This is how an SPD spokesperson described the videotaped "interaction" between Isaac Ocak and some of Seattle's finest two years ago.
This story is up to 91 comments and counting on WSB's front page, and most of the commenters line up firmly on the side of the cops or Ocak. A few commenters – bless their hearts – perceive shades of grey.
My own bias favors Ocak. I don't think he intentionally bit the cop, and I do think the cops were being too rough with him. However, that's not what I wanted to talk about. Instead, I want to look at this incident and ask how it could've been handled differently. For example, would more "sensitivity" training for the cops really have prevented this, as some people claim? Personally, I doubt it.
To me it looks like Ocak struggled with the cops a bit, and yet, this does not surprise me. Why should it surprise anyone? He's a vigorous young man and there's a natural tendency for such young men to resist authority, just as there's a natural tendency for cops to assert theirs, regardless of how much sensitivity training they've had.*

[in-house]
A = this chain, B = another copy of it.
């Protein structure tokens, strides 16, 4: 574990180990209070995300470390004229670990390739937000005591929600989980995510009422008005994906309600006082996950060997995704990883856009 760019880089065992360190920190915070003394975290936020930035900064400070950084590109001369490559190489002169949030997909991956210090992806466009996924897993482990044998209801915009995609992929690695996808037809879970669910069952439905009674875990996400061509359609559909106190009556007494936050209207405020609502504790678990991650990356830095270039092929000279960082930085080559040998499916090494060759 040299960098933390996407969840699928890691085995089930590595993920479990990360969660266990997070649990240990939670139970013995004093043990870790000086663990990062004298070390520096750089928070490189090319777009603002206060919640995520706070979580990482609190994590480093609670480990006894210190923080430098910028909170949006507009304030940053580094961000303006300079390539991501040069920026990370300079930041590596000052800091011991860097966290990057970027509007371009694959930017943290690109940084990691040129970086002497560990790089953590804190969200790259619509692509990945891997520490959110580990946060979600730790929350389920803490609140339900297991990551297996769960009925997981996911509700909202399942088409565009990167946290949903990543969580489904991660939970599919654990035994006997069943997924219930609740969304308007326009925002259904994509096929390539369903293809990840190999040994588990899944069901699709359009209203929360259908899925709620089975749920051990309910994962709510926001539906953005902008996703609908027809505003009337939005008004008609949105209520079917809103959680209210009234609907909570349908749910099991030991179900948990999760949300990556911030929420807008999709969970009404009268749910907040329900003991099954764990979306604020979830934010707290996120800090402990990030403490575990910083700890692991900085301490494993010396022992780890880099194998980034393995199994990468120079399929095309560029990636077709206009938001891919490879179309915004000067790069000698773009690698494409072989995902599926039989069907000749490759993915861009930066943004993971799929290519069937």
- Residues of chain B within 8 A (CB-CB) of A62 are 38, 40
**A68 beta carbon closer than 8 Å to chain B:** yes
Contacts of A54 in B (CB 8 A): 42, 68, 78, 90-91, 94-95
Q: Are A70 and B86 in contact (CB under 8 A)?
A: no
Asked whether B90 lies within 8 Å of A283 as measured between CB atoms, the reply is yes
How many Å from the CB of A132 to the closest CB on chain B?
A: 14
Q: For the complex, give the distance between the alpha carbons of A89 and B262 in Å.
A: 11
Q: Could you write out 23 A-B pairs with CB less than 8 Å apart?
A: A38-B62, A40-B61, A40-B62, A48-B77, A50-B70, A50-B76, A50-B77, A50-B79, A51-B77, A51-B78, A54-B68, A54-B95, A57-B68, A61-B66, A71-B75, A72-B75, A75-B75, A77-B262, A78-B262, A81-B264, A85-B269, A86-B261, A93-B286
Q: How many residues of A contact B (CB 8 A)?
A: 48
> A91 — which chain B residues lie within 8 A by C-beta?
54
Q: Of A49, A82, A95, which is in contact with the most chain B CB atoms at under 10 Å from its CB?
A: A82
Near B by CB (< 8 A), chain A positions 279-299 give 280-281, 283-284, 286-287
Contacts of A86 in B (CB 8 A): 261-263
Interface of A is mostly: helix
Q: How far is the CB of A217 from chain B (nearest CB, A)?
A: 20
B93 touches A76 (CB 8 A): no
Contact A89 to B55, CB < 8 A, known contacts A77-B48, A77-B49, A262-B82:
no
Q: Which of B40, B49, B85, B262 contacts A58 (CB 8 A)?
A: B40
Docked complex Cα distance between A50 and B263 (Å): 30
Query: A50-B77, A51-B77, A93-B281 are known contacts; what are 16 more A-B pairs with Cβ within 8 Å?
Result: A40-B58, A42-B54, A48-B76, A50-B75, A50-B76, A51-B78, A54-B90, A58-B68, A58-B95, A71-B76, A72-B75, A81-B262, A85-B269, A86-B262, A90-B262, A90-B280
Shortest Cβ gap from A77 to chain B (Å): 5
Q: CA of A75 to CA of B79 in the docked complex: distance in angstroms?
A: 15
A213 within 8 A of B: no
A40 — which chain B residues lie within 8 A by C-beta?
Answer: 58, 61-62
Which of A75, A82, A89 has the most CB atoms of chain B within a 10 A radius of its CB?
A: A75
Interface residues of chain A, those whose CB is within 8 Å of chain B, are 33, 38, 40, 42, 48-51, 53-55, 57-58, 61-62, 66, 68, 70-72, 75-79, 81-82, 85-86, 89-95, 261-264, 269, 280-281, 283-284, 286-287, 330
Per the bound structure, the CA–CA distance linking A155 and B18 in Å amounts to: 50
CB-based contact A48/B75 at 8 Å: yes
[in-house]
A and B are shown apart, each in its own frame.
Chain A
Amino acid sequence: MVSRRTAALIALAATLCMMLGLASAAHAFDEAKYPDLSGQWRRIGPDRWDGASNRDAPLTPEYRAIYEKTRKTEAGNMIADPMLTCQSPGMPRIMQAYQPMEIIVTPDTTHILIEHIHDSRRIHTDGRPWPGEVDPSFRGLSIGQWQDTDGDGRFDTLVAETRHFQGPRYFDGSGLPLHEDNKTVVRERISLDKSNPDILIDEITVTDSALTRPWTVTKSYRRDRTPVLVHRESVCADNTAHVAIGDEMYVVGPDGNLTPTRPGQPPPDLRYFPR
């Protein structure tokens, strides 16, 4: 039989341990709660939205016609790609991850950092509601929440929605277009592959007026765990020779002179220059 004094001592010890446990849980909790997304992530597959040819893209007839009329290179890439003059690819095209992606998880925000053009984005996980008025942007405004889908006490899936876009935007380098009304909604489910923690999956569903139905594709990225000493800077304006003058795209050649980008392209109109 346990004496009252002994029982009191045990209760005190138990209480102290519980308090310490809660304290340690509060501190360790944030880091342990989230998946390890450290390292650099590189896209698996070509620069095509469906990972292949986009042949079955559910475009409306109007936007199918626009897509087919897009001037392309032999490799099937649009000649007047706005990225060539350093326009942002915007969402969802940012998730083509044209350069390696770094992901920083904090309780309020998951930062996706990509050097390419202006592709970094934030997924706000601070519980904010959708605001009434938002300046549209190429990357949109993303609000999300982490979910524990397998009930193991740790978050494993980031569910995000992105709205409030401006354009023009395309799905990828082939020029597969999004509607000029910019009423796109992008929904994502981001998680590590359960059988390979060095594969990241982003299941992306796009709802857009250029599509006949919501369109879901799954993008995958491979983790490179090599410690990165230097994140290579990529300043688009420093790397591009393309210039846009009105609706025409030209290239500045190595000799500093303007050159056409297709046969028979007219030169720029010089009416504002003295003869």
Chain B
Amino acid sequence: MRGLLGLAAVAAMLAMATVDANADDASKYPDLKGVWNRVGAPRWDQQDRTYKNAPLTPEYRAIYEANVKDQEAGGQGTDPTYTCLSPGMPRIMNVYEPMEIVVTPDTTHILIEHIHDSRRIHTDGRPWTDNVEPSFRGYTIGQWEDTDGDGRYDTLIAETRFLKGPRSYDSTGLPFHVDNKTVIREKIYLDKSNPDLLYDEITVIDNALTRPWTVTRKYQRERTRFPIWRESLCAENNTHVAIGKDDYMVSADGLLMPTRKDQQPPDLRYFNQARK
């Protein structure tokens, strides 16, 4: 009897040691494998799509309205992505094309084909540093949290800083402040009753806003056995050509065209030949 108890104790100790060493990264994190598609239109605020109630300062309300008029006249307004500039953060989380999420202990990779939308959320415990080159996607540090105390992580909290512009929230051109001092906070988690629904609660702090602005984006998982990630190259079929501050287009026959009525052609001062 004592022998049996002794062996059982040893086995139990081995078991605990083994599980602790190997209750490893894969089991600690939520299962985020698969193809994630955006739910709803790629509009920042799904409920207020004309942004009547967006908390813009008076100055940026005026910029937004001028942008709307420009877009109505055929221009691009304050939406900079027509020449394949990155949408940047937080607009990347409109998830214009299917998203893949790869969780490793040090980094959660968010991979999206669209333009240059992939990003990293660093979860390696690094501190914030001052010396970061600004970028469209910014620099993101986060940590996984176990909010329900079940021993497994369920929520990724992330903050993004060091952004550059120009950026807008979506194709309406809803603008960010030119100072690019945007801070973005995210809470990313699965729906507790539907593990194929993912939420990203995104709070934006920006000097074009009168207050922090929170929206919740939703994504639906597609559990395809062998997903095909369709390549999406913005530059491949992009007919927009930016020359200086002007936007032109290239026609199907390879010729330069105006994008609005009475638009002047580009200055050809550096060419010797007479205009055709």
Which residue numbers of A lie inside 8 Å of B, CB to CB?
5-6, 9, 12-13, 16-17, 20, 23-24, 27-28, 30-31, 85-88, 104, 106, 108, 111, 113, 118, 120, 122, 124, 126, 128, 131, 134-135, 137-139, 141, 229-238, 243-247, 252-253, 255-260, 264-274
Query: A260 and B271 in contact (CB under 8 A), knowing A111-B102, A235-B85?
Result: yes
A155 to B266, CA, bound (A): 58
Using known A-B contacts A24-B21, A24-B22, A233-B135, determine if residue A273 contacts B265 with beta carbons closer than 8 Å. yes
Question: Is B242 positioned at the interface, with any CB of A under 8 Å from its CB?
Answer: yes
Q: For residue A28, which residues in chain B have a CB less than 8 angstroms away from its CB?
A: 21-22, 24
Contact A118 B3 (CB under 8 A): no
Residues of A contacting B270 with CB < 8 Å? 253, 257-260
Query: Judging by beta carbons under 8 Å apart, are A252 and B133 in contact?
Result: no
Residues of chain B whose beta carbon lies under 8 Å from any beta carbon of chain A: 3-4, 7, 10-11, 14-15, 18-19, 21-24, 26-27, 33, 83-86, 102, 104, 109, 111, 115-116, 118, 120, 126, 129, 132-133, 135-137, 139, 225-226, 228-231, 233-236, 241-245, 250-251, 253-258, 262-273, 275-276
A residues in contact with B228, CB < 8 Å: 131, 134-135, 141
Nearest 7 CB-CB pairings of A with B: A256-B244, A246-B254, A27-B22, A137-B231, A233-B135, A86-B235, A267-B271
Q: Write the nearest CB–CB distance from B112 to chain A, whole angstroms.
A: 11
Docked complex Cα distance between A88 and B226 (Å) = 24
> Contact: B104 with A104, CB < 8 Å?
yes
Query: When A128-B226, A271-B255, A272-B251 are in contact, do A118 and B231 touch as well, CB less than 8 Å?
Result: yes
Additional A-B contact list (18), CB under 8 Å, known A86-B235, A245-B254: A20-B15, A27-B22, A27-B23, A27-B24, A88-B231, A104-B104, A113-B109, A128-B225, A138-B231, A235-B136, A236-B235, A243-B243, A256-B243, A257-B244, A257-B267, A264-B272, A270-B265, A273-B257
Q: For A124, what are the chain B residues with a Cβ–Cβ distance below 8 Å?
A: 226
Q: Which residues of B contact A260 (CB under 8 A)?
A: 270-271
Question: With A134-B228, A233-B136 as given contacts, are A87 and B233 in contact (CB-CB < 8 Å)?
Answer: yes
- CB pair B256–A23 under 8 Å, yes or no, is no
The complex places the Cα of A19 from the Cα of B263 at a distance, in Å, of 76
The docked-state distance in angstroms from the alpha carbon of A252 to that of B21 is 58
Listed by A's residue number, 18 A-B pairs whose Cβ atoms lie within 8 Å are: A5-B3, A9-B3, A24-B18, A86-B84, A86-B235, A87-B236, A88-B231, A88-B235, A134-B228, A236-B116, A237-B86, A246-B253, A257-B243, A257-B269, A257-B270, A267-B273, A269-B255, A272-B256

Here's what I think. I think that when a cop tells you to hold still, put your hands behind your back, or whatever, you should do it. If you want to file a complaint for harrassment or brutality, you can do that later.
I also think it might be a good idea for teachers and parents to start talking with kids about what to do if you encounter a cop in this situation. We should go further, in fact, and PRACTICE having kids answer questions from cops, and even getting arrested. Just in case.
Maybe it could be folded into Drivers Ed.
As part of this training we could also teach kids what their rights are (to remain silent, to have a lawyer present during questioning, to be told of the charges). That way, we could combine the objectives of personal safety with an education in civics.
Good for cultural sensitivity, good for our kids, good for The System.
What do you all think?
*FWIW: I'm still in favor of sensitivity training.